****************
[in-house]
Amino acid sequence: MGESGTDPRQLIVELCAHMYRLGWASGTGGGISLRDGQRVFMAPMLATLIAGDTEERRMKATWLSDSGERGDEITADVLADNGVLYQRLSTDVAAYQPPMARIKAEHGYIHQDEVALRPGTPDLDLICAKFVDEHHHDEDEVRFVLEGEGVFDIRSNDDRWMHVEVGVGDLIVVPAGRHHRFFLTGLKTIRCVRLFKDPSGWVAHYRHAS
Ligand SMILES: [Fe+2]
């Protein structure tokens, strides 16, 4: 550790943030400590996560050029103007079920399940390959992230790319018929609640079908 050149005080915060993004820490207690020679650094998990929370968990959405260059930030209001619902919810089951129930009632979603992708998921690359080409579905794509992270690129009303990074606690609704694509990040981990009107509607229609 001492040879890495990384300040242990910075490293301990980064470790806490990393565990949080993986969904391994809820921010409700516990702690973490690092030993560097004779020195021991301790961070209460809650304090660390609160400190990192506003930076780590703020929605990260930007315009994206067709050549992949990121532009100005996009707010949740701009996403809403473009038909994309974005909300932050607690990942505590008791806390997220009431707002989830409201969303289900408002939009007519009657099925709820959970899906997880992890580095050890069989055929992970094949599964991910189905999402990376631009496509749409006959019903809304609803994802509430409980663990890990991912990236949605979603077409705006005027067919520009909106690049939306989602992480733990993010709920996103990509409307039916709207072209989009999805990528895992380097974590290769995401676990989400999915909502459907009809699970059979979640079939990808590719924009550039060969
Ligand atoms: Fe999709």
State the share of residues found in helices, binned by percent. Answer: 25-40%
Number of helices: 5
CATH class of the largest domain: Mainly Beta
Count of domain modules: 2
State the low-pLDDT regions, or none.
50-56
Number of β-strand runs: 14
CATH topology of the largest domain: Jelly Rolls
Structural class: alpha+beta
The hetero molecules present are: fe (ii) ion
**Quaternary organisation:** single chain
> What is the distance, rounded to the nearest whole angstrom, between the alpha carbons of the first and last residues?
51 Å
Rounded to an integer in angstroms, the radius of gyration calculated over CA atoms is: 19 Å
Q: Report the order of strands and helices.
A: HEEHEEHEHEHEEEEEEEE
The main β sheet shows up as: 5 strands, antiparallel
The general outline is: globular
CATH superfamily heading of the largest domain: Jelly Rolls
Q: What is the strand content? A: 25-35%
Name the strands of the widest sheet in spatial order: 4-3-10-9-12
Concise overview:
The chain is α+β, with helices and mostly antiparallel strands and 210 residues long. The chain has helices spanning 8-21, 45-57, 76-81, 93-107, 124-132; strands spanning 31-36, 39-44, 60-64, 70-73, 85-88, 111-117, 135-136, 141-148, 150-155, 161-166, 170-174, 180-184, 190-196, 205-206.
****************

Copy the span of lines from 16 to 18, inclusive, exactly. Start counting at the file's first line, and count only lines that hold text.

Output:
**Quaternary organisation:** single chain
> What is the distance, rounded to the nearest whole angstrom, between the alpha carbons of the first and last residues?
51 Å